Theo goes on throughout the book, trying to figure who framed him. After all, he is expelled, and now he has a large amount of time on his hands. People in public give him nasty looks. A 7-Eleven refuses to hire him. But that doesn’t stop him. With a  group of four expelled kids, a video camera, and a small strip of property, nothing can go wrong, right?

I would recommend this book to anyone that’s looking for a new mystery or James Patterson book. There’s beautifully written plot twists, and the real guilty person didn’t turn out to be who I expected. I personally don’t read many mysteries, so this wasn’t the best Patterson book I have read, but I still like it, and it wasn’t the worst either. This book has some mature themes and it for high school readers.

-Rebecca V, 9th grade

Expelled by James Patterson and Emily Raymond is available for checkout from the Mission Viejo Library

Death of a Salesman by Arthur Miller

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Have you ever thought about the future- what you plan to be and how you plan to get there? Well, unfortunately, this book puts a sad twist to the future and paints it in a gloomy way.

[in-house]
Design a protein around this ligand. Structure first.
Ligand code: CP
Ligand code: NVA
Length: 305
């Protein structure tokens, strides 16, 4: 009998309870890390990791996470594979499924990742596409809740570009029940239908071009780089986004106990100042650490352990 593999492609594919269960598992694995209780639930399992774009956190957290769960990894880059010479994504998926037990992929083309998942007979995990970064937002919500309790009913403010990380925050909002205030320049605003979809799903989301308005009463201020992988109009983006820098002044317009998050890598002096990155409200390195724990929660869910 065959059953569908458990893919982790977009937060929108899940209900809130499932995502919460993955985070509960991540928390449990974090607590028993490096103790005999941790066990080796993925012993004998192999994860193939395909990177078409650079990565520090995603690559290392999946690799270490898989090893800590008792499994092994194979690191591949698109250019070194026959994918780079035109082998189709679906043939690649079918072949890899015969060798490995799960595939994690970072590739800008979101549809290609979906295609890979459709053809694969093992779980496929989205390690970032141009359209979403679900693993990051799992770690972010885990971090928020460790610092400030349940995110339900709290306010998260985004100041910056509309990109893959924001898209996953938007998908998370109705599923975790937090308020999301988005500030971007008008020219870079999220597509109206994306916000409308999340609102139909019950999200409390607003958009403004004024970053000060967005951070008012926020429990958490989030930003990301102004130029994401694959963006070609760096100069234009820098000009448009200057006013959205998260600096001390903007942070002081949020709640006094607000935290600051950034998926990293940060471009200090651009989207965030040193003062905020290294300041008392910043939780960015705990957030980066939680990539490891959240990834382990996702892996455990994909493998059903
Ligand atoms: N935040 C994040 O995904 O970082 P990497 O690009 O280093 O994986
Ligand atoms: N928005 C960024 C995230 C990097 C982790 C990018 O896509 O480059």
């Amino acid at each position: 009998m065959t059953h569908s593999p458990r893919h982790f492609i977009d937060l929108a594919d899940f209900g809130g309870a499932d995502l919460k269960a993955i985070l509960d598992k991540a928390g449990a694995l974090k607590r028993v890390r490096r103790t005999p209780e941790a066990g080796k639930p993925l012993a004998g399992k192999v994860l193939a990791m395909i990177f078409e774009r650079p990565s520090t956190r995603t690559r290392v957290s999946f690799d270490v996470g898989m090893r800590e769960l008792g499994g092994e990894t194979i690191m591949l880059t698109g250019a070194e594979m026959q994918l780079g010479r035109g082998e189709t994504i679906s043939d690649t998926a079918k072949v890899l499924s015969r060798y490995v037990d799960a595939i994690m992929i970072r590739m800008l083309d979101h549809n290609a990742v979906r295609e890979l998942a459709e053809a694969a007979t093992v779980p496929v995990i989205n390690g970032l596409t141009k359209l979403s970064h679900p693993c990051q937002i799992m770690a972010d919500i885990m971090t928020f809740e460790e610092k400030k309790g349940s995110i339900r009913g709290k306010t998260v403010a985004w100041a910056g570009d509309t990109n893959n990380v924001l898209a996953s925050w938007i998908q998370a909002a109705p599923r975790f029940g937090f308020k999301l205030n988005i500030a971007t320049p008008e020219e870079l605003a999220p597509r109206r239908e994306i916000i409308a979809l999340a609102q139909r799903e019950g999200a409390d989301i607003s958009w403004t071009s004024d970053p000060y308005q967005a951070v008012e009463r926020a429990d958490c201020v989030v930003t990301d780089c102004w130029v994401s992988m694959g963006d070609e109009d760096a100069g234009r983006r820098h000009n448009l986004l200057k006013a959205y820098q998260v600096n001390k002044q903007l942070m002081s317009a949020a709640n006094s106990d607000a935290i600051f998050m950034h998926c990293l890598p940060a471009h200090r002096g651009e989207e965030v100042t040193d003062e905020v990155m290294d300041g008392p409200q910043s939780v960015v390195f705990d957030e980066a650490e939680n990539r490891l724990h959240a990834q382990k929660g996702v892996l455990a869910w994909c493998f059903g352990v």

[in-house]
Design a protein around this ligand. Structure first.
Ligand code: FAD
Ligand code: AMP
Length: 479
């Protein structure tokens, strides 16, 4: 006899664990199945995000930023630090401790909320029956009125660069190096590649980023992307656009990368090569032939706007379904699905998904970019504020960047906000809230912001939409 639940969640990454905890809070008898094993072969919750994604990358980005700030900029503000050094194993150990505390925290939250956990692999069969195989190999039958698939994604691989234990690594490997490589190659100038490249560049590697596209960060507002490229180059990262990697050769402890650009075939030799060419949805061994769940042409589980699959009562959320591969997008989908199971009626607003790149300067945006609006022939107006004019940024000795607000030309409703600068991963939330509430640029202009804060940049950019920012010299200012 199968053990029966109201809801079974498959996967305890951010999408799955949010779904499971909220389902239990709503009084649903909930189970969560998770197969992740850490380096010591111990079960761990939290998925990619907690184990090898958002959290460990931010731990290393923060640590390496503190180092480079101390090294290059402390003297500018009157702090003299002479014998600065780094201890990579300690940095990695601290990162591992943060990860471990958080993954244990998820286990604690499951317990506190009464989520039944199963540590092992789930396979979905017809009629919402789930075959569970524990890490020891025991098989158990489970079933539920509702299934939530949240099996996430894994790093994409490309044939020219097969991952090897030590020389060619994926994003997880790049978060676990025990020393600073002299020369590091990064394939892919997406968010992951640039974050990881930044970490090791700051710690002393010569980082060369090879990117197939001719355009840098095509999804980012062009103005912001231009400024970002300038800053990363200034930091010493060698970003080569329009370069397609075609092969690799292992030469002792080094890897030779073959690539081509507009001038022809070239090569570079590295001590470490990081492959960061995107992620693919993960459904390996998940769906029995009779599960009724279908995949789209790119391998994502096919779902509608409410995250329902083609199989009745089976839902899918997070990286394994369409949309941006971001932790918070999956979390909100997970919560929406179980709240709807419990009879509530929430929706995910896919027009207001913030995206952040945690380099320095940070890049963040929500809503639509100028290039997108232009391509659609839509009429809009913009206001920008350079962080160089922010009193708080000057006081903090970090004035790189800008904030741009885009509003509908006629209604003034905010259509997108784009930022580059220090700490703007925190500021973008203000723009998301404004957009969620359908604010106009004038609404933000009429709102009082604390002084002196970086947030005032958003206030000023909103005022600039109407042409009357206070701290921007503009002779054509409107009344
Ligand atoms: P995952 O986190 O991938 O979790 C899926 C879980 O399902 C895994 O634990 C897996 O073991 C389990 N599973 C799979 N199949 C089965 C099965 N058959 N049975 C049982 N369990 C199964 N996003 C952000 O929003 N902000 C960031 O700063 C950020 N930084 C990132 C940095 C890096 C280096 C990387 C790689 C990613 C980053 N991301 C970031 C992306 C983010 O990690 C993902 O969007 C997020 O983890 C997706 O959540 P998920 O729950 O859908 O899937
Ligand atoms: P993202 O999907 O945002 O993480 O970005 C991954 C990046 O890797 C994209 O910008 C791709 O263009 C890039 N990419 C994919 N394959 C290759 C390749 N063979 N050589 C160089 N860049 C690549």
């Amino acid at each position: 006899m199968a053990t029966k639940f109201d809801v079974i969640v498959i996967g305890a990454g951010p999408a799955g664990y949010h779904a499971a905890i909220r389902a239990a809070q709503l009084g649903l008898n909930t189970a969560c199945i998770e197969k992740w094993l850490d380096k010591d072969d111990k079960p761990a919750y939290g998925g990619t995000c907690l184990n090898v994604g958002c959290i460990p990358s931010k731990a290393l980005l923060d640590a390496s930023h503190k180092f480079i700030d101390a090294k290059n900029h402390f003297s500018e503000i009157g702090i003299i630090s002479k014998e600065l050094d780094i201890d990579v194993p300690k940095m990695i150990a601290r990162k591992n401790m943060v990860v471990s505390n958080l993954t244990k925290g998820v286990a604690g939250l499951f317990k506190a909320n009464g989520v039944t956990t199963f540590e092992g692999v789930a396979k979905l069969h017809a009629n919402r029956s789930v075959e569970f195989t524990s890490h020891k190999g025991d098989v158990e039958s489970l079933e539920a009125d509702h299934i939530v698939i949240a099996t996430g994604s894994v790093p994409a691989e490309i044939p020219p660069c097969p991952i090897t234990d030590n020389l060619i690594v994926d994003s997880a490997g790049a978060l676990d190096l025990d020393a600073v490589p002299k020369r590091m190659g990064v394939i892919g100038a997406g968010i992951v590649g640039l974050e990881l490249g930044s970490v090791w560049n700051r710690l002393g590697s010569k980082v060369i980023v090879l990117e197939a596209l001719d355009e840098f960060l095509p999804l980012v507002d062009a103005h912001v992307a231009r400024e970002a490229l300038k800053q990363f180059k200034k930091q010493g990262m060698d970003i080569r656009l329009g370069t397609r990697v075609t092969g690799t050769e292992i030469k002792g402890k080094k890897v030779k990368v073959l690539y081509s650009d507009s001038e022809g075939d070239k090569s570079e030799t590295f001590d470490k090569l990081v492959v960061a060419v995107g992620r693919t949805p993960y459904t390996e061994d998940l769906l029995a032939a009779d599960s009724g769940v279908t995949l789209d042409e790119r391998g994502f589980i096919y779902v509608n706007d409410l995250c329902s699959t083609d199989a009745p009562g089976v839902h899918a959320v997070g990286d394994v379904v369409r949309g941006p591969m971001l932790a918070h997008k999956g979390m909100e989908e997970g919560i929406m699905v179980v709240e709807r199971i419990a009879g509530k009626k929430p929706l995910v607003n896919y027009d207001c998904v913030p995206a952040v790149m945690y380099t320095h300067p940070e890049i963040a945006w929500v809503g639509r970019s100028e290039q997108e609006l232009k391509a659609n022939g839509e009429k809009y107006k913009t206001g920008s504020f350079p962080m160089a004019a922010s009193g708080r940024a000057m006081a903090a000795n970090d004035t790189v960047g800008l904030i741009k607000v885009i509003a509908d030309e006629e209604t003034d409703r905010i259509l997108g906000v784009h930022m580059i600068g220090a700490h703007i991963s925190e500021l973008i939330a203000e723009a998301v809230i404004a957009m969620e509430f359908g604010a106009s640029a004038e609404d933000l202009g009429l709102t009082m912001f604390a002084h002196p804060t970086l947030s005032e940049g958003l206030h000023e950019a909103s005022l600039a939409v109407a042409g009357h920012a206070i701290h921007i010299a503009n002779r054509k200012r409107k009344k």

Willy Loman, your typical, average man, is down on his luck. He isn’t getting enough salary even though he has been with his company for 35 years, despite his brother in law being in a different company for the same length of time, and somehow is so much richer than him. While his son hates him, Willy sometimes blames it on his son’s laziness, and the other times the fact that his son is working too hard and doesn’t know what he wants.

So what does he do? Well, he’s a traveling salesman, so he sells the only thing he has left. Guess.